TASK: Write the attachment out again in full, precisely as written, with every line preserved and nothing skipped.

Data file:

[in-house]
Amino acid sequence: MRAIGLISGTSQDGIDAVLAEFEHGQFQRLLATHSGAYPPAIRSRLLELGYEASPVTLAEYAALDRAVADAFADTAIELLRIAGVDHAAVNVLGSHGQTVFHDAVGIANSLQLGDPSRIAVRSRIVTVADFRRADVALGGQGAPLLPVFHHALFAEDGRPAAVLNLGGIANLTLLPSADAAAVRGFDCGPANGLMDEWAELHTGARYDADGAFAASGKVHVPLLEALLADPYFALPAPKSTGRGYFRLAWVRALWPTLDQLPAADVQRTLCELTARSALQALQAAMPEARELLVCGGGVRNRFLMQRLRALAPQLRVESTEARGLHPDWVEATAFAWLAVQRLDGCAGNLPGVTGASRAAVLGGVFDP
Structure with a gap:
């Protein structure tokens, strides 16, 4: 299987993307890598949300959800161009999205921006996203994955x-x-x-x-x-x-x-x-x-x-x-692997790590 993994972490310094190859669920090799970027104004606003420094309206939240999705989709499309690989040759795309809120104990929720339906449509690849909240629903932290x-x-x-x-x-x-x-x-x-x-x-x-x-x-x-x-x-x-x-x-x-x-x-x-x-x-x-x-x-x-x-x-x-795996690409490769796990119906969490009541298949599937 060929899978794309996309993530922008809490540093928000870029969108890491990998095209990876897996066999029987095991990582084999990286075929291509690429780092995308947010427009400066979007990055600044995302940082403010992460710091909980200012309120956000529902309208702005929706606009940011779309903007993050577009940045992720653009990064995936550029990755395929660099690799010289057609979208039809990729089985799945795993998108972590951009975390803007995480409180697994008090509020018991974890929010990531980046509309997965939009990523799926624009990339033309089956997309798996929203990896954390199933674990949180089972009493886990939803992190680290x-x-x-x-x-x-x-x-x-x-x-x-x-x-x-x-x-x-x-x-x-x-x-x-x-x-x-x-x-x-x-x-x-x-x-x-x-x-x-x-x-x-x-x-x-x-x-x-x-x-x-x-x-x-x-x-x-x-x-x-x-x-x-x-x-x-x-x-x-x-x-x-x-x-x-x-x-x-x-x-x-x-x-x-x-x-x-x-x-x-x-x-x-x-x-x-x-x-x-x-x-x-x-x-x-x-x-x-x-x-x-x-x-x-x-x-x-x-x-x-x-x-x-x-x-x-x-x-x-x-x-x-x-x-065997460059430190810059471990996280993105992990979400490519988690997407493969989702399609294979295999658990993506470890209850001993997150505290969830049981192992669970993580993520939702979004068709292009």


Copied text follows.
[in-house]
Amino acid sequence: MRAIGLISGTSQDGIDAVLAEFEHGQFQRLLATHSGAYPPAIRSRLLELGYEASPVTLAEYAALDRAVADAFADTAIELLRIAGVDHAAVNVLGSHGQTVFHDAVGIANSLQLGDPSRIAVRSRIVTVADFRRADVALGGQGAPLLPVFHHALFAEDGRPAAVLNLGGIANLTLLPSADAAAVRGFDCGPANGLMDEWAELHTGARYDADGAFAASGKVHVPLLEALLADPYFALPAPKSTGRGYFRLAWVRALWPTLDQLPAADVQRTLCELTARSALQALQAAMPEARELLVCGGGVRNRFLMQRLRALAPQLRVESTEARGLHPDWVEATAFAWLAVQRLDGCAGNLPGVTGASRAAVLGGVFDP
Structure with a gap:
């Protein structure tokens, strides 16, 4: 299987993307890598949300959800161009999205921006996203994955x-x-x-x-x-x-x-x-x-x-x-692997790590 993994972490310094190859669920090799970027104004606003420094309206939240999705989709499309690989040759795309809120104990929720339906449509690849909240629903932290x-x-x-x-x-x-x-x-x-x-x-x-x-x-x-x-x-x-x-x-x-x-x-x-x-x-x-x-x-x-x-x-x-795996690409490769796990119906969490009541298949599937 060929899978794309996309993530922008809490540093928000870029969108890491990998095209990876897996066999029987095991990582084999990286075929291509690429780092995308947010427009400066979007990055600044995302940082403010992460710091909980200012309120956000529902309208702005929706606009940011779309903007993050577009940045992720653009990064995936550029990755395929660099690799010289057609979208039809990729089985799945795993998108972590951009975390803007995480409180697994008090509020018991974890929010990531980046509309997965939009990523799926624009990339033309089956997309798996929203990896954390199933674990949180089972009493886990939803992190680290x-x-x-x-x-x-x-x-x-x-x-x-x-x-x-x-x-x-x-x-x-x-x-x-x-x-x-x-x-x-x-x-x-x-x-x-x-x-x-x-x-x-x-x-x-x-x-x-x-x-x-x-x-x-x-x-x-x-x-x-x-x-x-x-x-x-x-x-x-x-x-x-x-x-x-x-x-x-x-x-x-x-x-x-x-x-x-x-x-x-x-x-x-x-x-x-x-x-x-x-x-x-x-x-x-x-x-x-x-x-x-x-x-x-x-x-x-x-x-x-x-x-x-x-x-x-x-x-x-x-x-x-x-x-065997460059430190810059471990996280993105992990979400490519988690997407493969989702399609294979295999658990993506470890209850001993997150505290969830049981192992669970993580993520939702979004068709292009």